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Blackout Tuesday: The music industry will pause to protest George Floyd’s death


On June 1, a protester marched in Philadelphia wearing a mask that says “I can’t breathe.”

Mark Makela / Getty Images

After George Floyd’s death in police custody and subsequent protests worldwide, the music industry plans to turn June 2 into a “Blackout Tuesday,” a day when business will be interrupted and dedicated to combating racial injustice. Numerous major music labels as well as famous musicians like Peter Gabriel and Mick Jagger have joined the movement, which is shared on social media with the hashtag #TheShowMustBePaused.

“It is heartbreaking to see America tear apart again due to race problems,” the Rolling Stones frontman tweeted on Monday. “Tomorrow I’ll stand with my fellow artists and watch the Blackout Tuesday to combat racial discrimination and social injustice.”

The Rolling Stones official Twitter account also tweeted about the event. “Mick, Keith, Charlie and Ronnie are with everyone who protests against racism, violence or bigotry”, says a tweet sent on Monday.

Many artists and labels used the hashtag #TheShowMustBePaused when they expressed plans to attend Blackout Tuesday, which music managers Jamila Thomas and Brianna Agyemang cited as “a day of separation from work and reconnection with our community.”

“This is what solidarity looks like,” wrote musician Billy Bragg. “Take a day to think about what we need to do together to support the black community.”

Columbia Records tweeted that “this is not a day off,” adding that “this is instead a day to reflect and find ways to advance in solidarity.”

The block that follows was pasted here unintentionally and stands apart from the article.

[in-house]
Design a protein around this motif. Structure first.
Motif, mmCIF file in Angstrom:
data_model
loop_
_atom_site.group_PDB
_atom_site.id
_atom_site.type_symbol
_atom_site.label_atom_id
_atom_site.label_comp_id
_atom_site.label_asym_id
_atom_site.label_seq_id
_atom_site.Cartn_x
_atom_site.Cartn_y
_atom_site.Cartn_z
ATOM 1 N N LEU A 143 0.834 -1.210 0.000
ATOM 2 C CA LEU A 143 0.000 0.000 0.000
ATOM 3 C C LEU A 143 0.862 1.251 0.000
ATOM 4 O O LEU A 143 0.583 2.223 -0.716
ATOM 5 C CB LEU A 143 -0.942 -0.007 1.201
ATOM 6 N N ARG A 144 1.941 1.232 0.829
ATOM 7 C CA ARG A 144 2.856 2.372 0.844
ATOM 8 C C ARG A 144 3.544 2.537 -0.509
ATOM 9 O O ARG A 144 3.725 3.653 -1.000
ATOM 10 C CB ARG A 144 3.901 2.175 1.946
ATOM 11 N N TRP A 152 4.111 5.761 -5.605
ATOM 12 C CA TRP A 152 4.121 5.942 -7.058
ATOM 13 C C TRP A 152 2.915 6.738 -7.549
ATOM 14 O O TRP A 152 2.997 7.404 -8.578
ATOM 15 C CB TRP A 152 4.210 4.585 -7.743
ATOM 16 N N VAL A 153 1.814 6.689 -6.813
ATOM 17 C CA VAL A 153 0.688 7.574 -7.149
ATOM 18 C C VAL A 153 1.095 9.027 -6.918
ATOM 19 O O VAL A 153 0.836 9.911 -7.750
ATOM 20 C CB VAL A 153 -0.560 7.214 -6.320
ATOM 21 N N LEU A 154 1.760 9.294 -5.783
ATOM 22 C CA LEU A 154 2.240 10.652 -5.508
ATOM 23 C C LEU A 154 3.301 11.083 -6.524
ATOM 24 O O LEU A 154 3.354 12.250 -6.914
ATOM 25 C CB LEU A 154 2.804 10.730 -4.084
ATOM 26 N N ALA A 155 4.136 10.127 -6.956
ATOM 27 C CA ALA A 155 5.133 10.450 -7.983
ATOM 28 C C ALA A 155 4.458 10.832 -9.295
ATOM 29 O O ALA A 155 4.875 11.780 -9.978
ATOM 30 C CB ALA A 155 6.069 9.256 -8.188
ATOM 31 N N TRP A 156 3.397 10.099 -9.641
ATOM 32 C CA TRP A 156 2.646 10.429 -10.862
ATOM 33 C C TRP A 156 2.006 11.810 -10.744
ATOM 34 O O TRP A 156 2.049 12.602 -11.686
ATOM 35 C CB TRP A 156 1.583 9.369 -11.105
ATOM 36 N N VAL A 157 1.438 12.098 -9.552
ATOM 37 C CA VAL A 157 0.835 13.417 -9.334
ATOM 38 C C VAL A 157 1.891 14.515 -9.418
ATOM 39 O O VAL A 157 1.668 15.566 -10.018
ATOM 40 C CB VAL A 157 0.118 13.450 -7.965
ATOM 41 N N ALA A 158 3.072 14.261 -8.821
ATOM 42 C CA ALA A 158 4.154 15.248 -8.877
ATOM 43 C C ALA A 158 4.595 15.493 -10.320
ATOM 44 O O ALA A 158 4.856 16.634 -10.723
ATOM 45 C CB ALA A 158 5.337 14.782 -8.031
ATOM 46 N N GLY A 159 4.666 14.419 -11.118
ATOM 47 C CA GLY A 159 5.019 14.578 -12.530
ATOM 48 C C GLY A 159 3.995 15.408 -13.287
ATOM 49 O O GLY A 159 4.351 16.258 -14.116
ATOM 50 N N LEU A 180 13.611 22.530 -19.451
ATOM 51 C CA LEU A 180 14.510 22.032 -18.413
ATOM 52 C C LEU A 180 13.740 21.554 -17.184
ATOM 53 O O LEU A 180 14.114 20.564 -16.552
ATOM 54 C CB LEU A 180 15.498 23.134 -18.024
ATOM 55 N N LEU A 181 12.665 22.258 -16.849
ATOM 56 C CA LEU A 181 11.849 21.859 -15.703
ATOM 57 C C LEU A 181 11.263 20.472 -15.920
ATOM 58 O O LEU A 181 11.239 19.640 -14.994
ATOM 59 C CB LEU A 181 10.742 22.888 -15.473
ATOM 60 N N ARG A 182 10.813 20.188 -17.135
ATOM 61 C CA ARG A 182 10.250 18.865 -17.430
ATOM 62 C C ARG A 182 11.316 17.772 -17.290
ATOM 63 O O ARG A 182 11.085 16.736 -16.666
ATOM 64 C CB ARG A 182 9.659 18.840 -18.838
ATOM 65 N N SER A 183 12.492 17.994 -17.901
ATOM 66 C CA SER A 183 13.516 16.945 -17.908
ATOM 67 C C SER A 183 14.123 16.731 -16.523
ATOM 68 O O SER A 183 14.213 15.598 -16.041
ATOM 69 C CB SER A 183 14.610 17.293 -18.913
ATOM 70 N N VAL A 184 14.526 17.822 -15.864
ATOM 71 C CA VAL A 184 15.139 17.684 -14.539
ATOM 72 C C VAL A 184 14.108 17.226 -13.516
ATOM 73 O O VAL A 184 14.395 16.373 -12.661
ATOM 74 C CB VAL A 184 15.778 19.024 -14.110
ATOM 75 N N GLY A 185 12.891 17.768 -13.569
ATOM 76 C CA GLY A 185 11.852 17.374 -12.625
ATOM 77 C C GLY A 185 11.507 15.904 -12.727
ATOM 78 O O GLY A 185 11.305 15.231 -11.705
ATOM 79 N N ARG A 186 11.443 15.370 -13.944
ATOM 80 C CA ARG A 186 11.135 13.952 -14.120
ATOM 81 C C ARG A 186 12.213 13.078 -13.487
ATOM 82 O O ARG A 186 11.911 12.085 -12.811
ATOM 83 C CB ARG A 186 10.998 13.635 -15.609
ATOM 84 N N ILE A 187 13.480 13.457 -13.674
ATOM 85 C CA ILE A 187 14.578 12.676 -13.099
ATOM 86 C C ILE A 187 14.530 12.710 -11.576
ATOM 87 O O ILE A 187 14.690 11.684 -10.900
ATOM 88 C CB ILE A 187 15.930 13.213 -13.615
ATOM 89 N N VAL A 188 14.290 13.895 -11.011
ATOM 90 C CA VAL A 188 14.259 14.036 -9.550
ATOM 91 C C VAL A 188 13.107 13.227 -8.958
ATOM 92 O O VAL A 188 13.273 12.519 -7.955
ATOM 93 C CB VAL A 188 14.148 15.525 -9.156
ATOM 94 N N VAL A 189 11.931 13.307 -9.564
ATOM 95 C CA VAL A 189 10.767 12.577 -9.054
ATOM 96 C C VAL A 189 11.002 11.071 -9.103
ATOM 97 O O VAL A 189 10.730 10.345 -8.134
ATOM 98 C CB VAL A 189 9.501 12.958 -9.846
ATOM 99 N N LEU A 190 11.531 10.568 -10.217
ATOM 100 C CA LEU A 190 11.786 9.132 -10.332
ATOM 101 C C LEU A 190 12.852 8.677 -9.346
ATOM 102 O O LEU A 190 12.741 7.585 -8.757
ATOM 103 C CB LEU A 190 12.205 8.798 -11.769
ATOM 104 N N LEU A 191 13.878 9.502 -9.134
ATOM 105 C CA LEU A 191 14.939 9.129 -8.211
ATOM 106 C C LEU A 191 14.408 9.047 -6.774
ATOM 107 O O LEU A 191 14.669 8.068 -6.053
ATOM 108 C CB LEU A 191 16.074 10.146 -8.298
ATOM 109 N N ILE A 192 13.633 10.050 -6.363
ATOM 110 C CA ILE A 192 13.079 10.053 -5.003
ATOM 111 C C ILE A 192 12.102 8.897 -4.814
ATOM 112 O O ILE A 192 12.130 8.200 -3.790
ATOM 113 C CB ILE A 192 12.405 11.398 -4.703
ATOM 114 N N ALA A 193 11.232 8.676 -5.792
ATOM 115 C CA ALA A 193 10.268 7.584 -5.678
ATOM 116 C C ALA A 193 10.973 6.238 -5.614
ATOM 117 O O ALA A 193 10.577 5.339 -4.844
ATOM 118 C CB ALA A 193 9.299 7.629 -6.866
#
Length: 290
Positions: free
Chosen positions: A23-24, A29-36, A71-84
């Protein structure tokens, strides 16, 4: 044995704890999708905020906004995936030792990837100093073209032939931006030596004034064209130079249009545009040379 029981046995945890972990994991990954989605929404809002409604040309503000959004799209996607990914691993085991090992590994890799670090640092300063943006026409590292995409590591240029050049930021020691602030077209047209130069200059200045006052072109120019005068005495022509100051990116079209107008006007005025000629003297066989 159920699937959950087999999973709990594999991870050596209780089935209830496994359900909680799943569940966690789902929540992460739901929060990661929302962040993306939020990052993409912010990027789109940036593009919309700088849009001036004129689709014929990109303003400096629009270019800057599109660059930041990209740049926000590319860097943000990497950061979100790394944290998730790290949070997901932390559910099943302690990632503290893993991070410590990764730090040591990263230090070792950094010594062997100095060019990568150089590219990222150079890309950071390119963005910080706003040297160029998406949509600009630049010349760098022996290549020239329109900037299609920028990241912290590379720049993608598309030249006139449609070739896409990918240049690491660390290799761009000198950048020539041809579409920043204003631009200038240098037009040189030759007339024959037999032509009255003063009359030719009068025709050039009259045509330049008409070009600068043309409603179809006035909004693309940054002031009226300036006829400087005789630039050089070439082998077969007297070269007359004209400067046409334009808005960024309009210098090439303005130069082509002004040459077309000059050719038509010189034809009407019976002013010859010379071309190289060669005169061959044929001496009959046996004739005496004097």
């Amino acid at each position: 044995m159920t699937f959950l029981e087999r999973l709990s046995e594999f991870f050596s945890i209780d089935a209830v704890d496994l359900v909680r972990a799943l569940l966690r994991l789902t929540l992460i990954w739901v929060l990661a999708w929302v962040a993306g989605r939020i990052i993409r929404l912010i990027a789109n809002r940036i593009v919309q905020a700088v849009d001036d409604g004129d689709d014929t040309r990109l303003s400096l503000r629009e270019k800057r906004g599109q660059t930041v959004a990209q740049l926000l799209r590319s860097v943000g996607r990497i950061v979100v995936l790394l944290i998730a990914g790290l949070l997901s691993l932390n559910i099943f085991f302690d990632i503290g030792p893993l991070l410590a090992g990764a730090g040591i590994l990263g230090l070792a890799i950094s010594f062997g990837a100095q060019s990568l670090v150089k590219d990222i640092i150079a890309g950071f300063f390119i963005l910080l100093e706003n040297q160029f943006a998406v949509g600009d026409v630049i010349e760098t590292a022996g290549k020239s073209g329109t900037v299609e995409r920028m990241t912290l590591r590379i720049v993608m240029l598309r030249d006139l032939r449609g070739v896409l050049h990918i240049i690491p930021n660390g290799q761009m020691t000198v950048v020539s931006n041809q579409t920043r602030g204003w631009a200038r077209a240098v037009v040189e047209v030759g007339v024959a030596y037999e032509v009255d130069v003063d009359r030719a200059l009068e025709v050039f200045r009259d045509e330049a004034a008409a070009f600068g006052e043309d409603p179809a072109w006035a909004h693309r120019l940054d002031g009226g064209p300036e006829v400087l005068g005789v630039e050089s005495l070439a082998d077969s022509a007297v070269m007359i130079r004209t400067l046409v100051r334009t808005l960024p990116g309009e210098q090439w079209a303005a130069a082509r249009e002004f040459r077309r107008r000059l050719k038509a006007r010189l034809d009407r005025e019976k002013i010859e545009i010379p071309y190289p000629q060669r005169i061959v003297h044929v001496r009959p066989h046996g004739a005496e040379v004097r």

A tweet from Interscope Records indicated that the label will not release new music on Tuesday, but instead will help “organizations to save protesters who exercise their right to peaceful assembly help lawyers who are committed to systematic change.” , and support charities that focus on charities. ” about creating economic empowerment in the black community. “

Some artists said they would cancel radio and media interviews and would not post on social media for the day.

“It’s hard to know what to say because I’ve been involved in racism my whole life,” tweeted famous producer Quincy Jones. “That means it is just raising its ugly head and with God it is time to deal with it once and for all. My team and I stand for justice. Convos are had and measures are taken.”

George Floyd, an African American, died on May 25 after former Minneapolis police officer Derek Chauvin was caught on a video of his knee on Floyd’s neck for more than eight minutes when Floyd repeatedly said, “I can not breathe.” Protests ever since were staged around the world, with some becoming violent.

On Monday, a number of ViacomCBS networks, including BET, CBS Sports Network and Nickelodeon, went dark on their platforms for 8 minutes and 46 seconds. Chauvin kneeled Floyd. (Disclosure: ViacomCBS is the parent company of CNET.)

In the meantime, Spotify will add a silent title to some playlists and podcasts on Blackout Tuesday. “Selected participating playlists and podcasts included an 8-minute, 46-second silence period as a solemn confirmation of the time that George Floyd was choked,” the company said in a blog post.

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